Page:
As I begin this editorial, I will admit that most of what I will tell you is not original. I will simply use this opportunity to inform you of a new section of the Journal , and I will explain from whence it came. For the most part, the title is derived from the activities of Rodrigues Ottolengui. His accomplishments are fairly well known in orthodontics, but for those not aware, I will make a few informational comments.
Dr Ottolengui was a prominent figure in the early days of modern orthodontics. He was a man of great intellect and industry, and he accomplished much in orthodontics, other areas of dentistry, and pursuits outside his professional life. He practiced orthodontics and endodontics and was known for his work in treating patients with cleft palate. He was a courageous dental politician and leader at a time when various dental and orthodontic groups were being organized into their contemporary forms. He was a respected sculptor, photographer (landscapes and portraits), and an avid lepidopterist who produced museum-quality displays.
Beyond all this, Ottolengui was a writer and editor. Notably, his contributions had several facets. He was an acclaimed author of fiction; the body of his work consisted primarily of detective novels. With regard to the dental literature, he is mostly known for his editorial contributions in a publication entitled “Items of Interest” (later called “Dental Items of Interest”). His work in this capacity began in 1896 and continued for almost 40 years. During this time, the publication evolved from a series of clipped articles to one that was attractive, artistic, and broad. Notably, he initiated a whole section that was devoted to the fledgling topic of “orthodontia” and to many other emerging developments in dentistry. To paraphrase the account of Weinberger, Ottolengui acted as a “torch bearer of a wider knowledge, the aid to the teaching of a nobler science, and even an inspiration to better practice.” To honor the spirit and contributions of Ottolengui, the words “Items of Interest” are now being revived in a new form.
Of course, the term “International” is also added to the title. As to why that is important, I will not add a long discourse about the globalization of orthodontics, for that is apparent. Instead, I will merely suggest that the world now shares its knowledge concerning science and treatment through its orthodontic journals and other media, and that dissemination advances orthodontics at a faster pace and across a broader front than ever before. Knowledge, materials, appliances, and practices in use today are not restricted by geography as they once appeared to be. On the other hand, other issues and problems attendant to this development of orthodontics are not widely shared. If ideas, challenges, and solutions were shared, new advancements might be formulated. That is the intention of this new section of the Journal .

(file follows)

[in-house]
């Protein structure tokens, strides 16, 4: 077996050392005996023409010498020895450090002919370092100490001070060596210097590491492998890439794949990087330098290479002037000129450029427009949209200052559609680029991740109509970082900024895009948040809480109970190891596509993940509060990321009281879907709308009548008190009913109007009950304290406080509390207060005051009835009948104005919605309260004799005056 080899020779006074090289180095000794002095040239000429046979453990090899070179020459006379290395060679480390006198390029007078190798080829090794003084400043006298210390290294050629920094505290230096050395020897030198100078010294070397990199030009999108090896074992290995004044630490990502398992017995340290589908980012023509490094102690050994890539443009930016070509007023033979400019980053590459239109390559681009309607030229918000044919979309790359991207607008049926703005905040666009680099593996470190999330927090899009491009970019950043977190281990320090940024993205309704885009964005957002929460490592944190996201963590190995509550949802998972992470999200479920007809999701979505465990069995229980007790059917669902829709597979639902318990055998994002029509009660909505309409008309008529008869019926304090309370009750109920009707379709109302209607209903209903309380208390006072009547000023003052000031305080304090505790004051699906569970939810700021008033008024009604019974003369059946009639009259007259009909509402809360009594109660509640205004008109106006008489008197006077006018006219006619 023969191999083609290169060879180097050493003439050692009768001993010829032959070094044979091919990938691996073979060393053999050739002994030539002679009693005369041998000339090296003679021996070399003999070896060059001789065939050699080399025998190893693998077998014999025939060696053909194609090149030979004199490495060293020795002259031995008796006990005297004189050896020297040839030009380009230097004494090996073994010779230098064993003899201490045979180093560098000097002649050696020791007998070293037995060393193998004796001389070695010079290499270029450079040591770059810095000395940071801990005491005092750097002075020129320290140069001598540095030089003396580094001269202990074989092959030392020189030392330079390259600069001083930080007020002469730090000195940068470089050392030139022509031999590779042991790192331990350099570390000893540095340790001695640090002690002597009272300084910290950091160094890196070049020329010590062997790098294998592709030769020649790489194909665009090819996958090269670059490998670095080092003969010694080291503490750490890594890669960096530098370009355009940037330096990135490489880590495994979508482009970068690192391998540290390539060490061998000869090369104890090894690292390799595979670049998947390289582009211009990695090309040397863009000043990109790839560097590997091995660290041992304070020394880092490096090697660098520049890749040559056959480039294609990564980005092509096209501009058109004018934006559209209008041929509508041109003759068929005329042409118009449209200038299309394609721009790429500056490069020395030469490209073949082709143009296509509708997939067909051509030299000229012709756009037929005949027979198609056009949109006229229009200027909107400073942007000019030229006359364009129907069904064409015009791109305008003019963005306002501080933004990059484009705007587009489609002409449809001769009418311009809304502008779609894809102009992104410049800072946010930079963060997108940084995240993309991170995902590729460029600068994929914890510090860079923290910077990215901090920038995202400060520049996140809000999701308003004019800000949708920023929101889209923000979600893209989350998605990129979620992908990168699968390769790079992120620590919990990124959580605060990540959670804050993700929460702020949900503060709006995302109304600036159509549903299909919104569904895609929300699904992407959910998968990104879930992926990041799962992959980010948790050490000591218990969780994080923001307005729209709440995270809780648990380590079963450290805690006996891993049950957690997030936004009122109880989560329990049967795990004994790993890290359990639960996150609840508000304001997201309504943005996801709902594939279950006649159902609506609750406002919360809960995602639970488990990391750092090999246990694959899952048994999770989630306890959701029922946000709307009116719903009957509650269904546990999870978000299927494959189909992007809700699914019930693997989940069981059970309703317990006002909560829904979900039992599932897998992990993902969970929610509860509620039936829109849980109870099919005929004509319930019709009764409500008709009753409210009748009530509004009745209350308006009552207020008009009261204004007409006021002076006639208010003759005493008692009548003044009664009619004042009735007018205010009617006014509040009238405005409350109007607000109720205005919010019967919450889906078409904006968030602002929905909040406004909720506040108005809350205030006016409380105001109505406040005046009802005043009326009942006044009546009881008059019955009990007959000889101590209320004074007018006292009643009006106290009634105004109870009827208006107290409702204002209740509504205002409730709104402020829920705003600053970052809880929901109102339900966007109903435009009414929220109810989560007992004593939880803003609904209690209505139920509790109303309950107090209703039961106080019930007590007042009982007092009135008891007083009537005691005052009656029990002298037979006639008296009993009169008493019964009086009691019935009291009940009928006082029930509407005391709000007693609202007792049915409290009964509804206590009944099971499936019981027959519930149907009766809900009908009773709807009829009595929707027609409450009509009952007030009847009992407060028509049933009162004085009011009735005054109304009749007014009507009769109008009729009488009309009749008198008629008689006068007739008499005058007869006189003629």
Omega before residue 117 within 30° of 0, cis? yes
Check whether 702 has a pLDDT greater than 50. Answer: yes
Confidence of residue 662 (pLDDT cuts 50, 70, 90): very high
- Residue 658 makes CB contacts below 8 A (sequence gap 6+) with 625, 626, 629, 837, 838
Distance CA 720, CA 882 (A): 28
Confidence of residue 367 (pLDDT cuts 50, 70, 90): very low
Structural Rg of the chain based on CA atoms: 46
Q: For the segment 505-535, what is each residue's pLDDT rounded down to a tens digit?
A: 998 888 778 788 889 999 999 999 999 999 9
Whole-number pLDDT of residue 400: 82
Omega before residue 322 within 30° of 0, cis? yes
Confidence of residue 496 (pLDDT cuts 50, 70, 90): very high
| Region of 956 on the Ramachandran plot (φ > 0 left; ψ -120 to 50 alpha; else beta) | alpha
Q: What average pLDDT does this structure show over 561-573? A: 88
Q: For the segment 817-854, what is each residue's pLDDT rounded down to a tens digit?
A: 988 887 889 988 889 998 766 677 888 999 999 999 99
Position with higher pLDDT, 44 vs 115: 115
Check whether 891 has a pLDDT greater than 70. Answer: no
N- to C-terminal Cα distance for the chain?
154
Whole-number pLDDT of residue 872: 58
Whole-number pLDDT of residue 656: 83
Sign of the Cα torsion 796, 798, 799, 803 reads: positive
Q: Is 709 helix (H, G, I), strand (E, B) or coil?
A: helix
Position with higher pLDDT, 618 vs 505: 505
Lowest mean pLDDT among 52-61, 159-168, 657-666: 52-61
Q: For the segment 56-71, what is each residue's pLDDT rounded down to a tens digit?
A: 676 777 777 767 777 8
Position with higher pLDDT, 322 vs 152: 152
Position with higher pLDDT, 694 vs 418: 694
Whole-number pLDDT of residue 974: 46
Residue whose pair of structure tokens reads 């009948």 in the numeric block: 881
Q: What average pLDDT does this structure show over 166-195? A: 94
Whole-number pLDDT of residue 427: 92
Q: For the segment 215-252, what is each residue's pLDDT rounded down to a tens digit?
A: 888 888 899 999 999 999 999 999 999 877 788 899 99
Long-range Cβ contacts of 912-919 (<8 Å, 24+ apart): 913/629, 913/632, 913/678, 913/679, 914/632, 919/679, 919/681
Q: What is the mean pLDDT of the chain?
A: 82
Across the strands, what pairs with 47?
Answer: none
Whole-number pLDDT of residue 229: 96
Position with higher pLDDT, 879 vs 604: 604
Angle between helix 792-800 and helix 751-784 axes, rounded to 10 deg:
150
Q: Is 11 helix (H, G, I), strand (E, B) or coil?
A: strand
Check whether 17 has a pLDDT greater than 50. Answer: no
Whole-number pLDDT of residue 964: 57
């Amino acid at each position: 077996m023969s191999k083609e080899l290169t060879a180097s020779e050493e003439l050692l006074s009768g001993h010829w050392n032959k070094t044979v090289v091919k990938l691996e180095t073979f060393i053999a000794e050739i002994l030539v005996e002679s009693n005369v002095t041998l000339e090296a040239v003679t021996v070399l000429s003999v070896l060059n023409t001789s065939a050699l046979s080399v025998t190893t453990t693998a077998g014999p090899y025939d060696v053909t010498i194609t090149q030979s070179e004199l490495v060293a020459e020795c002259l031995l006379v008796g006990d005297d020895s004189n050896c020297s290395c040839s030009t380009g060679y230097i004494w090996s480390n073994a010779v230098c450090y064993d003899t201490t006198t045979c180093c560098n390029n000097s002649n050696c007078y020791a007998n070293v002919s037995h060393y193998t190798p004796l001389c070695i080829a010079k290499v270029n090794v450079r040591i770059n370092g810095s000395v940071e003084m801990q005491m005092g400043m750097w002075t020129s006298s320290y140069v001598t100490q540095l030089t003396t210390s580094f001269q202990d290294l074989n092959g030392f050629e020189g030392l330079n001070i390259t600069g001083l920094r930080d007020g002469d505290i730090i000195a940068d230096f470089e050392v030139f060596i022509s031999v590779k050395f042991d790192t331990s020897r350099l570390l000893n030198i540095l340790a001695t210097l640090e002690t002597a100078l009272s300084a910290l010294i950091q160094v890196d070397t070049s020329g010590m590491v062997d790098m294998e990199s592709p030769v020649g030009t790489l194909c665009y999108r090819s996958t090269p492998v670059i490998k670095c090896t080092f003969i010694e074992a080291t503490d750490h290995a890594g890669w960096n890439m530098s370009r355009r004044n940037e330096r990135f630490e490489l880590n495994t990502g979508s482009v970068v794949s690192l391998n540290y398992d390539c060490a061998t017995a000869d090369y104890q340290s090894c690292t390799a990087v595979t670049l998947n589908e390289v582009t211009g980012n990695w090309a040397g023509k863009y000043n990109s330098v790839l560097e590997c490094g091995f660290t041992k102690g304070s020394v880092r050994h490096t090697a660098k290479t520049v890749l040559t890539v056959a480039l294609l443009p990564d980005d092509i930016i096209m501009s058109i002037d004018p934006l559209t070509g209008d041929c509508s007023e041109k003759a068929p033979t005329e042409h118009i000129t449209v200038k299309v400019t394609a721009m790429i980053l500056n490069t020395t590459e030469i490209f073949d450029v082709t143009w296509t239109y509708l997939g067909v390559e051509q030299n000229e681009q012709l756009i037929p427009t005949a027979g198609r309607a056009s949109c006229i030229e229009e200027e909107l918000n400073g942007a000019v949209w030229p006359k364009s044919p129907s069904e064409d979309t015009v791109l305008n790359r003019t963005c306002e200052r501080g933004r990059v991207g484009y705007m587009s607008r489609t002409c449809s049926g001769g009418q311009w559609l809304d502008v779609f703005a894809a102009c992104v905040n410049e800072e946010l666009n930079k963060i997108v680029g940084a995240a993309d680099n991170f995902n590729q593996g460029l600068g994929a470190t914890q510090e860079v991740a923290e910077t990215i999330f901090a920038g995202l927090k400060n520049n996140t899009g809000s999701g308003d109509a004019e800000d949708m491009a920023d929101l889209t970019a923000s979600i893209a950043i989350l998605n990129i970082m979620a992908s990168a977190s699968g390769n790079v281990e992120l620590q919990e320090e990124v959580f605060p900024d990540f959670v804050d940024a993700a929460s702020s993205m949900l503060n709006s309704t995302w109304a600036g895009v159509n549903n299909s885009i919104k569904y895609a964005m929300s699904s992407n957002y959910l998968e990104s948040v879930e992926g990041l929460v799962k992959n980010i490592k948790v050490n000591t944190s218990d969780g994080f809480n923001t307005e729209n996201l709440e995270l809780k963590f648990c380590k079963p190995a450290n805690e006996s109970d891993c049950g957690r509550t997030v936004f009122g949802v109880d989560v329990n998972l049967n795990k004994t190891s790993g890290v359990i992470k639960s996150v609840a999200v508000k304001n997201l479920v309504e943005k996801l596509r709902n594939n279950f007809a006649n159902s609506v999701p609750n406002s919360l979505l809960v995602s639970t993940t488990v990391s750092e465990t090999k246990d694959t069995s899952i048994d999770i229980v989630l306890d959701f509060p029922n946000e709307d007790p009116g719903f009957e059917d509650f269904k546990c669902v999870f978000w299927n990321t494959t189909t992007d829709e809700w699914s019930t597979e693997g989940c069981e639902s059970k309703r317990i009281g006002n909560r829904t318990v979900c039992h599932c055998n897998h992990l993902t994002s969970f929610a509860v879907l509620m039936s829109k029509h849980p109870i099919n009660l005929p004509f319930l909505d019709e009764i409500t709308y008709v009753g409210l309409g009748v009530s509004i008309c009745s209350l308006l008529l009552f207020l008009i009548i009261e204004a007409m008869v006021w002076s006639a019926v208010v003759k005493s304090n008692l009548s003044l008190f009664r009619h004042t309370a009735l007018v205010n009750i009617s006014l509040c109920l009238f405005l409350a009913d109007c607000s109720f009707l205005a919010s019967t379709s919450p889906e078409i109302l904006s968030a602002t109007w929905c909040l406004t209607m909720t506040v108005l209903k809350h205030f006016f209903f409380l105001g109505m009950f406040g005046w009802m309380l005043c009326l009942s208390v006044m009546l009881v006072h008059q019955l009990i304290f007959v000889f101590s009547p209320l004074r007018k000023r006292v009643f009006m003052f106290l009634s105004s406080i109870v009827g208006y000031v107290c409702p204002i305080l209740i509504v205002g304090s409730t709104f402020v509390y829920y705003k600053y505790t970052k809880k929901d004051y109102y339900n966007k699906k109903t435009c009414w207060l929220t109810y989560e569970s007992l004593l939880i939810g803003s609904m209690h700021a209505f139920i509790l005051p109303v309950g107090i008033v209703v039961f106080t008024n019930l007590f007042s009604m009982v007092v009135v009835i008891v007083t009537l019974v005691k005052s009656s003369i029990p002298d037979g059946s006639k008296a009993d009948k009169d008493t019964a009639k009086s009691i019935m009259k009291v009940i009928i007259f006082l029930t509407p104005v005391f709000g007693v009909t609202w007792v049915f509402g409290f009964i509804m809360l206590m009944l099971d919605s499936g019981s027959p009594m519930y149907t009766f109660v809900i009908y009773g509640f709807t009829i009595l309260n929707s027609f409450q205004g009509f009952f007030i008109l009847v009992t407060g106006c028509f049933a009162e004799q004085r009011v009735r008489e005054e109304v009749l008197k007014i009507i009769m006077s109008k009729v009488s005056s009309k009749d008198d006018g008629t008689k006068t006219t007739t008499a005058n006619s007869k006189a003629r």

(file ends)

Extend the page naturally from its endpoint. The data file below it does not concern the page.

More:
For example, the same appliances and materials are generally available across the world. Sometimes the advertisement of a certain appliance or material might be called into question regarding the claims that are made. Now, it might be that the claims are true, but maybe they are instead unproven, misleading, deceptive, or exaggerated. Likewise, the spread of crackpot ideas and treatments also can float freely across borders nowadays, and they too may be unproven, misleading, deceptive, exaggerated, or perhaps even dangerous.
Although many of these challenges are similar around the world, how different countries deal with them can vary greatly. In the United States, the Federal Trade Commission deals with false advertising and consumer protection across the country, but also state governments, private watchdog companies, and even state dental boards can be involved. In other countries, because they have their own laws, practices, procedures, and customs, the same issues might be dealt with differently and decided differently. What seems important is for us to share our advancements and attendant problems; perhaps a good idea or outcome in 1 country will have meaning or spark an idea in another country.
With this in mind, one might ask what is to be included in this new section? As a start, see the Guest Editorial on the following pages. Dr Nicky Stanford came forth to introduce the new section of the Journal by providing an editorial and copies of several recent findings of the Advertising Standards Authority of the United Kingdom. I hope that you find this material interesting.
As to future “international items of interest,” here are the ground rules. Beyond this first installment, no editorial comment will be included—just the documents (rulings, findings, and so on) themselves in the form of a simple news item. The documents supplied must be in the public domain; no confidential or preliminary rulings will be accepted. The subject of the documents can involve any reasonable topic and can be submitted by any orthodontist in any country. Of course, each submission will be peer reviewed, and this will also include legal review. In a subsequent issue of the Journal , a ruling by the Irish Dental Council will be shared. We hope you enjoy this new feature and find it informative.
If you have an apple and I have an apple and we exchange these apples then you and I still each have one apple. But if you have an idea and I have an idea and we exchange these ideas, then each of us will have two ideas.